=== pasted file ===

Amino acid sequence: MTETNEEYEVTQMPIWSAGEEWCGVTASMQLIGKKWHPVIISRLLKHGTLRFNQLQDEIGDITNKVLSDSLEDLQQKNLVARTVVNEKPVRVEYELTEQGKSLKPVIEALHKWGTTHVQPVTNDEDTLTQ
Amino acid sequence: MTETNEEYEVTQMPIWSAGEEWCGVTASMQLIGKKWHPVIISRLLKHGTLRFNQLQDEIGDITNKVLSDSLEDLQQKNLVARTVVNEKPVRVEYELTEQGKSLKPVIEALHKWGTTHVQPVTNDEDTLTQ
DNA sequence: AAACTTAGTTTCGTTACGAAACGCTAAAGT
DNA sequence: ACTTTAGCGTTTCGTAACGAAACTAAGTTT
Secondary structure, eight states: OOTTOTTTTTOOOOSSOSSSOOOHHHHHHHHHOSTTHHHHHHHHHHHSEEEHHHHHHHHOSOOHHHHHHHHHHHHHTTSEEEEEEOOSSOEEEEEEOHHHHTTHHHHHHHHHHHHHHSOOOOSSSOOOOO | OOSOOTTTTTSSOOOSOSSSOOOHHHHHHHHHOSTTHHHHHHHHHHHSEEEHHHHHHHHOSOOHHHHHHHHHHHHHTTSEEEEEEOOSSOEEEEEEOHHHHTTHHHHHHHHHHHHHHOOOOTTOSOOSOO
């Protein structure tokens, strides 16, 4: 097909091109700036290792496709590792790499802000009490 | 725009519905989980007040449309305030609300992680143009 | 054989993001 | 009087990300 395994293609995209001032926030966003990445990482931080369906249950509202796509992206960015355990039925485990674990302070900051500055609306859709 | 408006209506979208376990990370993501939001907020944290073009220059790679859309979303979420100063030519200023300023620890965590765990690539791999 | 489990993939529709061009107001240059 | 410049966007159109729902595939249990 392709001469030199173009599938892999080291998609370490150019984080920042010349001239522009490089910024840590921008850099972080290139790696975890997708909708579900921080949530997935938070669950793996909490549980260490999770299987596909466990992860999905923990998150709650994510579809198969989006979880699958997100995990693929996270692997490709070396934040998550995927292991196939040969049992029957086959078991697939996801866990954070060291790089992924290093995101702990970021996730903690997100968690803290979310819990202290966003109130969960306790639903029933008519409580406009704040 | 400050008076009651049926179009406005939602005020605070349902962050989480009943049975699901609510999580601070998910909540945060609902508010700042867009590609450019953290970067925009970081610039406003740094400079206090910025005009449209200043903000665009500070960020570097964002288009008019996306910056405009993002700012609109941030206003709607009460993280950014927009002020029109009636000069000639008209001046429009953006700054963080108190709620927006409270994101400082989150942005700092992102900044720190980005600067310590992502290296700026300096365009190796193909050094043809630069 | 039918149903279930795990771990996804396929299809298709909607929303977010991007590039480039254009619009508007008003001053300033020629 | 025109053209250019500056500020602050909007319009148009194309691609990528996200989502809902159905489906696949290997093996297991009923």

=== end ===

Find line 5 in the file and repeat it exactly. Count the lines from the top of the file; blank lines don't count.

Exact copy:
Secondary structure, eight states: OOTTOTTTTTOOOOSSOSSSOOOHHHHHHHHHOSTTHHHHHHHHHHHSEEEHHHHHHHHOSOOHHHHHHHHHHHHHTTSEEEEEEOOSSOEEEEEEOHHHHTTHHHHHHHHHHHHHHSOOOOSSSOOOOO | OOSOOTTTTTSSOOOSOSSSOOOHHHHHHHHHOSTTHHHHHHHHHHHSEEEHHHHHHHHOSOOHHHHHHHHHHHHHTTSEEEEEEOOSSOEEEEEEOHHHHTTHHHHHHHHHHHHHHOOOOTTOSOOSOO